Grumman will provide cloud-enabled applications to foster data exchanges across U.S. Department of Defense and Intelligence Community customer centers and satellite locations, including the U.S. Space Force’s recently established National Space Intelligence Center in support of “One AFRL, Two Services.”

“Our innovative solutions will meet today’s advancing threats at unprecedented speed and accuracy, transforming decision- making and analysis,” said Rebecca Torzone, vice president and general manager, combat systems and mission readiness, Northrop Grumman. “Building on our 40 years of support to the AFRL/ RI, Northrop Grumman will digitally transform InSITE to meet its space domain awareness and counterspace intelligence mission priorities.”


The Spanish Ministry of Defence contracts Indra for Spanish airspace surveillance + control centers

The Spanish Ministry of Defence has awarded Indra a project to modernize and upgrade the nation’s command, surveillance, identification and control (ARS) centers that are essential for combating potential threats to the country’s airspace.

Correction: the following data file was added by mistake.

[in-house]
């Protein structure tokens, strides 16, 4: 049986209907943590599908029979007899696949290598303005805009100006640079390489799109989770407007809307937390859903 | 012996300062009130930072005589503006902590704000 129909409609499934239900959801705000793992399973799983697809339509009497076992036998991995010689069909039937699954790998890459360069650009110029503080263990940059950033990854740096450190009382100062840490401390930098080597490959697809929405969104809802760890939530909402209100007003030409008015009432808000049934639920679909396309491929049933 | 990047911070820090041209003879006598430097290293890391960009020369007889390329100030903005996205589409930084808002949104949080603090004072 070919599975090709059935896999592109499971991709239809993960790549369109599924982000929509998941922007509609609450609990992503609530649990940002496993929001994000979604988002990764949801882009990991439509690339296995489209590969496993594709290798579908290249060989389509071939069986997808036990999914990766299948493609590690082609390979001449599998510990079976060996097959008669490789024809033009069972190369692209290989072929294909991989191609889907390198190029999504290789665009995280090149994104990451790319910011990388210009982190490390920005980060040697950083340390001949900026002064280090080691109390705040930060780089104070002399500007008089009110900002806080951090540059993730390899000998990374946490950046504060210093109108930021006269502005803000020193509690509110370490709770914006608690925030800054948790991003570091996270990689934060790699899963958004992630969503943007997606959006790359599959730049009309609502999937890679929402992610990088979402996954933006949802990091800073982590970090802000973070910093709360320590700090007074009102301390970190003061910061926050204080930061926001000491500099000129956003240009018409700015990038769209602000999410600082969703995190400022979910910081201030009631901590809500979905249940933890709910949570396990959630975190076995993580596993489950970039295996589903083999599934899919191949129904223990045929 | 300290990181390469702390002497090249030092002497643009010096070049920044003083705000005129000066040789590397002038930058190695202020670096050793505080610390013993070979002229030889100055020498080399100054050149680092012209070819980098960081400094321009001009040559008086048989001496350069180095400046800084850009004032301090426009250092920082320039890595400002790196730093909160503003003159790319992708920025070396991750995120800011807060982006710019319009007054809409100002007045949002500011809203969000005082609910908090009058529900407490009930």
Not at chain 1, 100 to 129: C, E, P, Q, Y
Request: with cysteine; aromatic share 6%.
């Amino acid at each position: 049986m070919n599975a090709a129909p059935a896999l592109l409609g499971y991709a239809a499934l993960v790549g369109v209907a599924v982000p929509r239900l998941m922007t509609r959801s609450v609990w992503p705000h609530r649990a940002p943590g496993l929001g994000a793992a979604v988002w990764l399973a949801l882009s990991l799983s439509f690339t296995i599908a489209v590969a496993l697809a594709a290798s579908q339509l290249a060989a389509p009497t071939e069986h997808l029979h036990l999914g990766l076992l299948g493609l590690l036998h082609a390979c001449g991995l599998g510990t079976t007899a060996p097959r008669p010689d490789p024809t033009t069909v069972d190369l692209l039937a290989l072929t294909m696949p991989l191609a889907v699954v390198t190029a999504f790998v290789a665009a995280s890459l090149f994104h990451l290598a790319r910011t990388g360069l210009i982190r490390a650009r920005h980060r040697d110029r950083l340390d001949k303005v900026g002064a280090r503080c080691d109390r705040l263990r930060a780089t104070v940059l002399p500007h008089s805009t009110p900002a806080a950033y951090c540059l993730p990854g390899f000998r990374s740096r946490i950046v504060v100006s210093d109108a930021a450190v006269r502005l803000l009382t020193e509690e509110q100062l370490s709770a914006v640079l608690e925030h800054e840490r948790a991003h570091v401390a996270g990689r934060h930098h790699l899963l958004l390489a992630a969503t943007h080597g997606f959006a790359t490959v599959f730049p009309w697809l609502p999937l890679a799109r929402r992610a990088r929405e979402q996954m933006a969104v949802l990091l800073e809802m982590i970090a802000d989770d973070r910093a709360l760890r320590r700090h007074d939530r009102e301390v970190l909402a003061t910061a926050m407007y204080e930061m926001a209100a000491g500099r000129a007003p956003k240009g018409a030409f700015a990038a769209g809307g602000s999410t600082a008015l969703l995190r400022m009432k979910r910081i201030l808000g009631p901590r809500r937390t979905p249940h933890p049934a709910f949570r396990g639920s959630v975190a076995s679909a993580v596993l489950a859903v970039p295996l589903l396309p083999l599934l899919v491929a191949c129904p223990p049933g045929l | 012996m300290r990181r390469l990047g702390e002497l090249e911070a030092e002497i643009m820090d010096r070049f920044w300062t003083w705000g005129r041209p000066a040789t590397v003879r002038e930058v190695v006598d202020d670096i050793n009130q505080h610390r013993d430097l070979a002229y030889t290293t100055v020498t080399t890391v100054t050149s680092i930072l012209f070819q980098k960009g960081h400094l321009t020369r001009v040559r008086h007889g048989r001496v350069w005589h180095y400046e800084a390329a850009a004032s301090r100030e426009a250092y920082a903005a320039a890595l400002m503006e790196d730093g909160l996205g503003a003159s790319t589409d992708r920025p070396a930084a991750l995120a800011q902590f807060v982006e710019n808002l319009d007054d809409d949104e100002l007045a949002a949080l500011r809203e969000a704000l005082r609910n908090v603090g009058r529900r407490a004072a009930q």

Indra will equip the ARS centers in Torrejón de Ardoz in Madrid (GRUCEMAC), Zaragoza (GRUNOMAC) and Gando in Gran Canaria (GRUALERCON) and the Command and Control School (EMACOT) with the company’s next- generation AirDef air command and control system, which will contribute to the mission for the permanent surveillance and control of airspace national sovereignty led by the Spanish Air and Space Force.

With this project, the Ministry of Defence will rely on Indra’s proprietary development solutions, as it did in the late 1990s with the IARS system that is currently in service at the above named centers. This system, together with the Lanza 3D radars in the Air Surveillance Squadrons (EVAs), forms the backbone of airspace surveillance and control in Spain.

Thanks to the modernization of the ARS centers with the new AirDef system, which incorporates anti-missile defence for the first time, and the new and more advanced Lanza 3D radars that Indra will continue to deploy, Spain’s status as a country with one of the most comprehensive and integrated air and anti-missile defence systems in the world and a global leader in this sphere will be reinforced.